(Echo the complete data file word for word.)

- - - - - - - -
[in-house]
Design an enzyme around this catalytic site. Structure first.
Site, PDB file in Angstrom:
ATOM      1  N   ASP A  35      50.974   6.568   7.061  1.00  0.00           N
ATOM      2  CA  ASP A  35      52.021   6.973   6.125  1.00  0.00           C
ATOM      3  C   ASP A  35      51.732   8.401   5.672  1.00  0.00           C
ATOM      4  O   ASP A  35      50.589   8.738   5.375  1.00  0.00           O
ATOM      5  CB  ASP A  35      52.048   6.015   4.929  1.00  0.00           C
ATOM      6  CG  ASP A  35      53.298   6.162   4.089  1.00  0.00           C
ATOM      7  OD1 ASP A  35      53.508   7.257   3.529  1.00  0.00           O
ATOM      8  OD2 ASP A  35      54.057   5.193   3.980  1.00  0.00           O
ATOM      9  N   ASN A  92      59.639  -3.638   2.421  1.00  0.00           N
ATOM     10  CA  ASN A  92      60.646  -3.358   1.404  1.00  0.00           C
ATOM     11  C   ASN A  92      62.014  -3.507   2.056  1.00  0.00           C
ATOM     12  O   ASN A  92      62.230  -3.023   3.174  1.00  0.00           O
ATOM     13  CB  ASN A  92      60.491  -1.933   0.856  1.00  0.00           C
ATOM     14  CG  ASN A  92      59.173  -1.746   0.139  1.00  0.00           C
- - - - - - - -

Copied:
[in-house]
Design an enzyme around this catalytic site. Structure first.
Site, PDB file in Angstrom:
ATOM      1  N   ASP A  35      50.974   6.568   7.061  1.00  0.00           N
ATOM      2  CA  ASP A  35      52.021   6.973   6.125  1.00  0.00           C
ATOM      3  C   ASP A  35      51.732   8.401   5.672  1.00  0.00           C
ATOM      4  O   ASP A  35      50.589   8.738   5.375  1.00  0.00           O
ATOM      5  CB  ASP A  35      52.048   6.015   4.929  1.00  0.00           C
ATOM      6  CG  ASP A  35      53.298   6.162   4.089  1.00  0.00           C
ATOM      7  OD1 ASP A  35      53.508   7.257   3.529  1.00  0.00           O
ATOM      8  OD2 ASP A  35      54.057   5.193   3.980  1.00  0.00           O
ATOM      9  N   ASN A  92      59.639  -3.638   2.421  1.00  0.00           N
ATOM     10  CA  ASN A  92      60.646  -3.358   1.404  1.00  0.00           C
ATOM     11  C   ASN A  92      62.014  -3.507   2.056  1.00  0.00           C
ATOM     12  O   ASN A  92      62.230  -3.023   3.174  1.00  0.00           O
ATOM     13  CB  ASN A  92      60.491  -1.933   0.856  1.00  0.00           C
ATOM     14  CG  ASN A  92      59.173  -1.746   0.139  1.00  0.00           C